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Is every marketing touch a positive marketing touch?

I recently watched a demo for a product that makes it easy for marketers to identify accounts expressing relevant intent, to determine whether those accounts are being engaged, and, if not, to add those accounts to an automated marketing campaign.

While I appreciate the product’s objective, I’m left wondering: Why does the absence of engagement mean marketers have to immediately engage those accounts?

I feel like this is a common marketing phenomenon, and capabilities, like attribution and intent, make it far too easy for marketers to draw the wrong conclusion: More *is* better.

Don’t get me wrong -- I'm a believer in attribution and intent, but, for similar reasons, both capabilities warrant some prudence, as they both risk leading marketers down a path of bad decisions.

With attribution, it's too easy for marketers to presume more marketing touches means marketing is making a greater impact.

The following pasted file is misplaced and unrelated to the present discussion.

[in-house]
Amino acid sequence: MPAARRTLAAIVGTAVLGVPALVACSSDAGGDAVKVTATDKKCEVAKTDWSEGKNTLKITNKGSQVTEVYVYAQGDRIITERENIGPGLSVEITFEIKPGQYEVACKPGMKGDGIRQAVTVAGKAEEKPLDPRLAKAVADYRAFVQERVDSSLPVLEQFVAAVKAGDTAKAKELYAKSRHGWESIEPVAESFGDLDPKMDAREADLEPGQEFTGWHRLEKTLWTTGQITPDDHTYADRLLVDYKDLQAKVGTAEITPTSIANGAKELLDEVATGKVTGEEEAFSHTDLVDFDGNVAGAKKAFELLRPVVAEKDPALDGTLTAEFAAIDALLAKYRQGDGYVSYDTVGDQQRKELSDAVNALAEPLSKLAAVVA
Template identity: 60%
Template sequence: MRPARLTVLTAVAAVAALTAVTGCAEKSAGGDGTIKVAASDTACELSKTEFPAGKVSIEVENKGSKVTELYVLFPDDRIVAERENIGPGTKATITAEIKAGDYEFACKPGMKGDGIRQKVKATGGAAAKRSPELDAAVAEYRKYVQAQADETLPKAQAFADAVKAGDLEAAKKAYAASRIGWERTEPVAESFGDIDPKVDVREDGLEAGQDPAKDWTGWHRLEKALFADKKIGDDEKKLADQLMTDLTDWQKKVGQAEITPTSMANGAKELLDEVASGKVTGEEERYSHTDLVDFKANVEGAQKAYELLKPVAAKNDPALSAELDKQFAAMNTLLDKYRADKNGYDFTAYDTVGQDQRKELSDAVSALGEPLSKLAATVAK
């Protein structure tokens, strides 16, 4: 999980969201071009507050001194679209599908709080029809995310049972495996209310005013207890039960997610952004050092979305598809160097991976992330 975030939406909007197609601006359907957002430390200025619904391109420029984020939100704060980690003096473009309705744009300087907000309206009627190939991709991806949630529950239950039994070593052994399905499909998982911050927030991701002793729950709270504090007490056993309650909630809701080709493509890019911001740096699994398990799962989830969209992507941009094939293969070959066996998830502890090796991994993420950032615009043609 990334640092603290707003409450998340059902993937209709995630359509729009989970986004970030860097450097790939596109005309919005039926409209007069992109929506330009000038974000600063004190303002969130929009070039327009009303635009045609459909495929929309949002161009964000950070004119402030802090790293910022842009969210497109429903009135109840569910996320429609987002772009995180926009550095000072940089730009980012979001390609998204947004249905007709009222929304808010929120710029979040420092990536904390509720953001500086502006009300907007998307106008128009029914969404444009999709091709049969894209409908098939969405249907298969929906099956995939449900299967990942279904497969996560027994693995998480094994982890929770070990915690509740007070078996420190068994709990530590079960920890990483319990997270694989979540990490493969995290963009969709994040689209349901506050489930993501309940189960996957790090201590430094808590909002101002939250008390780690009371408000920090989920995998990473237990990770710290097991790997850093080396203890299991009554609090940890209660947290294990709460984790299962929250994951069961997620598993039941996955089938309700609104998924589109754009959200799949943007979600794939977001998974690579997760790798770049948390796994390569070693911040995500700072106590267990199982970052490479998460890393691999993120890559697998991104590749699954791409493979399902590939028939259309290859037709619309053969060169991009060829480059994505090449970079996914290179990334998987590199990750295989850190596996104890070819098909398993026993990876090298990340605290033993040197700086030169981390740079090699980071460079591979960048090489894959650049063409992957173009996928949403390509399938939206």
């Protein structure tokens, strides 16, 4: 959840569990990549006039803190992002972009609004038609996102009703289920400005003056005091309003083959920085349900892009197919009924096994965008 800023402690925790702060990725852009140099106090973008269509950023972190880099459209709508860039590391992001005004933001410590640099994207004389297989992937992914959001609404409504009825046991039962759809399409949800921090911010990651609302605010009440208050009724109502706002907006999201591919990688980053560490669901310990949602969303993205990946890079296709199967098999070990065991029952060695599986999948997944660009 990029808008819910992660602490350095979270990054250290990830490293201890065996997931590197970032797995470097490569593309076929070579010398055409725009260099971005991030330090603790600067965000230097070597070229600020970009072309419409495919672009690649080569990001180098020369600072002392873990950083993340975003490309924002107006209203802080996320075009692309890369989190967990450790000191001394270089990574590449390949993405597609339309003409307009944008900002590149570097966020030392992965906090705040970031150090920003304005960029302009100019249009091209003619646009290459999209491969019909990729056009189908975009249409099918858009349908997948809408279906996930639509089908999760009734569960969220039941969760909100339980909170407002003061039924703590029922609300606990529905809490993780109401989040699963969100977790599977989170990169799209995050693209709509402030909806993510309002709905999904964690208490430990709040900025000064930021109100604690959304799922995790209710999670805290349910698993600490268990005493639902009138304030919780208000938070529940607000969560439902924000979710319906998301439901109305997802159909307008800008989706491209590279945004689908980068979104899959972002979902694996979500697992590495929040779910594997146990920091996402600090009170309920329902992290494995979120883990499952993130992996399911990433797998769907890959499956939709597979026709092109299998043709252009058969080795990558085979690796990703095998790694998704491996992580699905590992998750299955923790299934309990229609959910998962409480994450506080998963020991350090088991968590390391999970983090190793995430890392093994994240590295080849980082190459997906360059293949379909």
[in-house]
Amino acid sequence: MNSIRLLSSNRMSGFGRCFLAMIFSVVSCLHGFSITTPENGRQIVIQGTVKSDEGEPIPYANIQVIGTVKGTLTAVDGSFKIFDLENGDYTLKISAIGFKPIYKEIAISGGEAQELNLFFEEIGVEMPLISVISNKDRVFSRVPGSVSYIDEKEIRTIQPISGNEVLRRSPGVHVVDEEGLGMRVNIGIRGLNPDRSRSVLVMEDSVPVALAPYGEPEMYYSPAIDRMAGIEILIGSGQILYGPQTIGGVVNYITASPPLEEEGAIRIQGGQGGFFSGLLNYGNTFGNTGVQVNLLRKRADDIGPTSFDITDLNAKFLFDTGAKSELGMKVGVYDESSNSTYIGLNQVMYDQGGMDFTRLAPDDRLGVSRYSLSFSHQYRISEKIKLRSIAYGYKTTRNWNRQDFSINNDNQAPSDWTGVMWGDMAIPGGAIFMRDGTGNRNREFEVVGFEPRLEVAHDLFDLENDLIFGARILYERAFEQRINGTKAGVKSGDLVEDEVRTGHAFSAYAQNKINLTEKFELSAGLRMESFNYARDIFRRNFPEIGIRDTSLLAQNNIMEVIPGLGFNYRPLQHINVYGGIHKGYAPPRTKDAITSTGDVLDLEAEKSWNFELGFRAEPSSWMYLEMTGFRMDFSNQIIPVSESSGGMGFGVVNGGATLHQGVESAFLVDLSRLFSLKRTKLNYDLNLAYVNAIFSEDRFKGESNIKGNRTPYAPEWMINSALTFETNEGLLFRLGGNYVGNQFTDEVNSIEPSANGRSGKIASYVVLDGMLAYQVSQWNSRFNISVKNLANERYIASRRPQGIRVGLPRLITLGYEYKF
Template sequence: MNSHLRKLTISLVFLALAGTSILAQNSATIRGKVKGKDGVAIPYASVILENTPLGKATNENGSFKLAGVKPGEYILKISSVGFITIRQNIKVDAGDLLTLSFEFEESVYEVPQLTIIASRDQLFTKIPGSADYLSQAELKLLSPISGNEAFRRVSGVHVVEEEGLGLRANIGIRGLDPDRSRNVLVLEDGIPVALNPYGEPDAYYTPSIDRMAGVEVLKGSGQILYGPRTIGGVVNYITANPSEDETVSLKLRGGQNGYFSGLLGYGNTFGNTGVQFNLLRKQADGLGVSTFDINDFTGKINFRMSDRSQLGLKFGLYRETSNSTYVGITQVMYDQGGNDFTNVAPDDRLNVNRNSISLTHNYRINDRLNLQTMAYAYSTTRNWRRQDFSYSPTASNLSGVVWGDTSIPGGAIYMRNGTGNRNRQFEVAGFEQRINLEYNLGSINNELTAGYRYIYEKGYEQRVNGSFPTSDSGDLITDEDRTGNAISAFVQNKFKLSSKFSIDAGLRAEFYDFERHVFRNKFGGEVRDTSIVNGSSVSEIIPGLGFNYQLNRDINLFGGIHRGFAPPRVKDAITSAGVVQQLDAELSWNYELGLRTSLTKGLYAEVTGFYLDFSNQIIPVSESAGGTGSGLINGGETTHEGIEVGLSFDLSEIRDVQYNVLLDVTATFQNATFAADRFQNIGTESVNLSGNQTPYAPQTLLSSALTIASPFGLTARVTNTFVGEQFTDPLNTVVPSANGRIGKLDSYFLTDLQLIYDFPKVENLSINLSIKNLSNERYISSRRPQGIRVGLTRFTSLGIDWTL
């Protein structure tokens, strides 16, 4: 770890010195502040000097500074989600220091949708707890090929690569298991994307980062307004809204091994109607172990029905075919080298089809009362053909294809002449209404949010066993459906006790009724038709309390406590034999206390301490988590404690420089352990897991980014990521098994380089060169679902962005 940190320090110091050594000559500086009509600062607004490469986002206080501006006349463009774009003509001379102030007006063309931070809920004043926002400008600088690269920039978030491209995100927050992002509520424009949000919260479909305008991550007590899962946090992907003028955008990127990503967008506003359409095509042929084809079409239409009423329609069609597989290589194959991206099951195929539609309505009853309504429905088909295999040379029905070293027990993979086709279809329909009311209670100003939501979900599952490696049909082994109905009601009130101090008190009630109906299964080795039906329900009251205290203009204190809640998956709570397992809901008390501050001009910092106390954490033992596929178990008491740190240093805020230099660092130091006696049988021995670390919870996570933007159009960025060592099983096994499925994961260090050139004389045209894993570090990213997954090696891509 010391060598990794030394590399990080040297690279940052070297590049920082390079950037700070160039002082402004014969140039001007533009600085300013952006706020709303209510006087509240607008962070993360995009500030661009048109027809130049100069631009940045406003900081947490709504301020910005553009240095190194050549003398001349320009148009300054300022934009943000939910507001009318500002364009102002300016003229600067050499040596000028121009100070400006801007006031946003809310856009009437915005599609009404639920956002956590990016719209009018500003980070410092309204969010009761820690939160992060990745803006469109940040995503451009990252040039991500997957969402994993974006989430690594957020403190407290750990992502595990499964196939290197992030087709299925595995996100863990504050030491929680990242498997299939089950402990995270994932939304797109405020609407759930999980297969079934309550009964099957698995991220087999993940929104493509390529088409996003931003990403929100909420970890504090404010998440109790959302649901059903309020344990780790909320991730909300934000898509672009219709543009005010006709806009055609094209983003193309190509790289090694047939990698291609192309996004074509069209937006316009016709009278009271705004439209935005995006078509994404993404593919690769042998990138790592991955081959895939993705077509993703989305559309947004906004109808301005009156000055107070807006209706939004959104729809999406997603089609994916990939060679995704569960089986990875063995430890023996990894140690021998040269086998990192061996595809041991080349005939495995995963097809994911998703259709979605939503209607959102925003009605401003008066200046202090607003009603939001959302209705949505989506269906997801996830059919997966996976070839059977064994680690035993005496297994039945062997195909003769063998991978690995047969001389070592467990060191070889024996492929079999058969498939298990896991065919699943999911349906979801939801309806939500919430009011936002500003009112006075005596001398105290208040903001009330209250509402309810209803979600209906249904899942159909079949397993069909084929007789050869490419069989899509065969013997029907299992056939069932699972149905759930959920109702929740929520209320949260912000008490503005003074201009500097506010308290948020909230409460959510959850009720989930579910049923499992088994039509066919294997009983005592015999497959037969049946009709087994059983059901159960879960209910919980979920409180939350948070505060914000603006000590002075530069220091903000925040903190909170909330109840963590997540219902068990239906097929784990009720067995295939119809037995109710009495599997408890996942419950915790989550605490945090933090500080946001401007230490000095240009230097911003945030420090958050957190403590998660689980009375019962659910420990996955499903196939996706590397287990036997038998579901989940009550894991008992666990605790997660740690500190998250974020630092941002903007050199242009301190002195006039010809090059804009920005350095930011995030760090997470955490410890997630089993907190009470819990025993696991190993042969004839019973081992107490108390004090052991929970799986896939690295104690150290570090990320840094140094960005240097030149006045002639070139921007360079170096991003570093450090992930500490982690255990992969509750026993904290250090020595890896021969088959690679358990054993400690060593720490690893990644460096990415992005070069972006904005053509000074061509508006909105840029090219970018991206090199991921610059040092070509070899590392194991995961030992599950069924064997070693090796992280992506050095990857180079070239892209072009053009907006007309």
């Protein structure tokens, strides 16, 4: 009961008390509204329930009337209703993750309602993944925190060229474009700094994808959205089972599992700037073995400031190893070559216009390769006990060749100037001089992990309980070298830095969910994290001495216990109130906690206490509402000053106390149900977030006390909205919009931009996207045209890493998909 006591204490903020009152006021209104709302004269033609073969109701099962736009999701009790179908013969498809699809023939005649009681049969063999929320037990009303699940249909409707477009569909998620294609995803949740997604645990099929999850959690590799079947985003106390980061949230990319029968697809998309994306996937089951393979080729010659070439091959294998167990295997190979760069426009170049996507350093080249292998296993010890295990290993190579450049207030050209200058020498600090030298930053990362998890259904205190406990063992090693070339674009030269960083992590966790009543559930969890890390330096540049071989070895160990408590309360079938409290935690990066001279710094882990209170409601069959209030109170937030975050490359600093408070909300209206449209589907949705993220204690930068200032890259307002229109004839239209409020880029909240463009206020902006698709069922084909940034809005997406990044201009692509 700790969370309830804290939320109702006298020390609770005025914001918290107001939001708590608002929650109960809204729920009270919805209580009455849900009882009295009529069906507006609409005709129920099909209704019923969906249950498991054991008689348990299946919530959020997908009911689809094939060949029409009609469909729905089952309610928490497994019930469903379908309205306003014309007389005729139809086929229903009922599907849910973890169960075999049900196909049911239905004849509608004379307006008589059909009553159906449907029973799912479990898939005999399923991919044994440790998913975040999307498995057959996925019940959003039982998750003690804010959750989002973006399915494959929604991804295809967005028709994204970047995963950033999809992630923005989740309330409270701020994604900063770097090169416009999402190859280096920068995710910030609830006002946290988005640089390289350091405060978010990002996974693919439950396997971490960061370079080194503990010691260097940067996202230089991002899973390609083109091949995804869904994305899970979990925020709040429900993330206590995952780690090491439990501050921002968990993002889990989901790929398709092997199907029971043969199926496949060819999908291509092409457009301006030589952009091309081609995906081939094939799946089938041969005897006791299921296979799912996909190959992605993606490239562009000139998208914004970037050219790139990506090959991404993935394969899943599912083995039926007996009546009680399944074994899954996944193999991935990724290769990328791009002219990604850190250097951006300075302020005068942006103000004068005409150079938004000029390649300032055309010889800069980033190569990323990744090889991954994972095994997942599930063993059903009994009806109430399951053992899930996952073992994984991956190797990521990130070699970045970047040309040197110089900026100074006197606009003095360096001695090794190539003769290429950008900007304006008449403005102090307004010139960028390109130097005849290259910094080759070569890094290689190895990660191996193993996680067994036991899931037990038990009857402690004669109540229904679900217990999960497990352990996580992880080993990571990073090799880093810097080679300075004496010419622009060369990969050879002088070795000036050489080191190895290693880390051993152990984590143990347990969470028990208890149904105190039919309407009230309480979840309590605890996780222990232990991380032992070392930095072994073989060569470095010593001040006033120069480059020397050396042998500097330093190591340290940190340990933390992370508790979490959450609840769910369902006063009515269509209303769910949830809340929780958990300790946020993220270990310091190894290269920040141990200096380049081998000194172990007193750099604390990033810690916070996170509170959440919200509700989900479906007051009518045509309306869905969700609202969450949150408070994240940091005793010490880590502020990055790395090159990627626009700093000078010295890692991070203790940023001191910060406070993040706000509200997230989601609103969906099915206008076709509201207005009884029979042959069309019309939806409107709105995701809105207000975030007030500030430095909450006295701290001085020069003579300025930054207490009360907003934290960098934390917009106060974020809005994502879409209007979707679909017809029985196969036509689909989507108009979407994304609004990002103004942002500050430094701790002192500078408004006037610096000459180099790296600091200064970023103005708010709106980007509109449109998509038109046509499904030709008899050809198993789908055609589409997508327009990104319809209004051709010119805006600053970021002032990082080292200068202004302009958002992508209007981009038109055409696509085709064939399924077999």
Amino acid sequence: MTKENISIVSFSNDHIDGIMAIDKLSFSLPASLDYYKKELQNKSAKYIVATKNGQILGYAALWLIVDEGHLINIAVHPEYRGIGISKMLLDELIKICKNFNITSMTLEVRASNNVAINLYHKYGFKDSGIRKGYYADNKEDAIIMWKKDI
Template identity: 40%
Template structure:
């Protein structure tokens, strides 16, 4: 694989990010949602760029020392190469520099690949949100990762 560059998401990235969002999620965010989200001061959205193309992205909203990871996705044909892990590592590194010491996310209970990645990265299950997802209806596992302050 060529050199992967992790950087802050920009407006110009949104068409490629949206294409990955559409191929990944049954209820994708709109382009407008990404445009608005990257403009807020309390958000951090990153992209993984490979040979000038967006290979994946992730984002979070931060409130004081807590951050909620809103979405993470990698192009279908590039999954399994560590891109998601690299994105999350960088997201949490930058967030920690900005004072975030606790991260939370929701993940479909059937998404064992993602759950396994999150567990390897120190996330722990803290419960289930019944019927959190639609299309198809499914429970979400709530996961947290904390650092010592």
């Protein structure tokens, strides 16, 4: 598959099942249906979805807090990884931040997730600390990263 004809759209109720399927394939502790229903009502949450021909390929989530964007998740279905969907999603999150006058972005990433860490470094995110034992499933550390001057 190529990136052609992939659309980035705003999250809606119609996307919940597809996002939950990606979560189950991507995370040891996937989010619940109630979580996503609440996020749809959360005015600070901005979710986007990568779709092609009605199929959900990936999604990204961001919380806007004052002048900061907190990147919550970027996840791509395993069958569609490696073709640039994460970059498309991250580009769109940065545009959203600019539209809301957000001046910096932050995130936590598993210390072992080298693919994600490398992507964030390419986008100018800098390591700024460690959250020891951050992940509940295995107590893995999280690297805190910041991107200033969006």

And with intent, surges mean marketing must react and do *something* (especially, if it's not already engaging those accounts).

In both cases, we, as marketers, assume more is better -- that we must do something -- but what if that's not true?

Instead, marketers should be thinking more *versus* better because doing more (or doing anything at all) may actually hurt (and not help) the chances of a prospect becoming a customer.

Wouldn't you want to know whether your actions will help or hurt those chances?

After all, there can be too much of a good thing.

How do you avoid these traps and ensure your marketing (and sales) actions won't cause harm?

About the Author
Matt Webbink
Matt Webbink is the Chief Product Officer and co-founder of Klearly. Matt has spent 20 years building decisions support systems for enterprise B2B marketing teams and joined Klearly to democratize that data-driven decision-making capability for marketing teams of any size. He wants to empower those marketers with the information they need to confidently, credibly, and knowingly contribute to business growth. Matt's imagination was sparked (and continues to be fueled) by Star Wars, Lego, and the arts.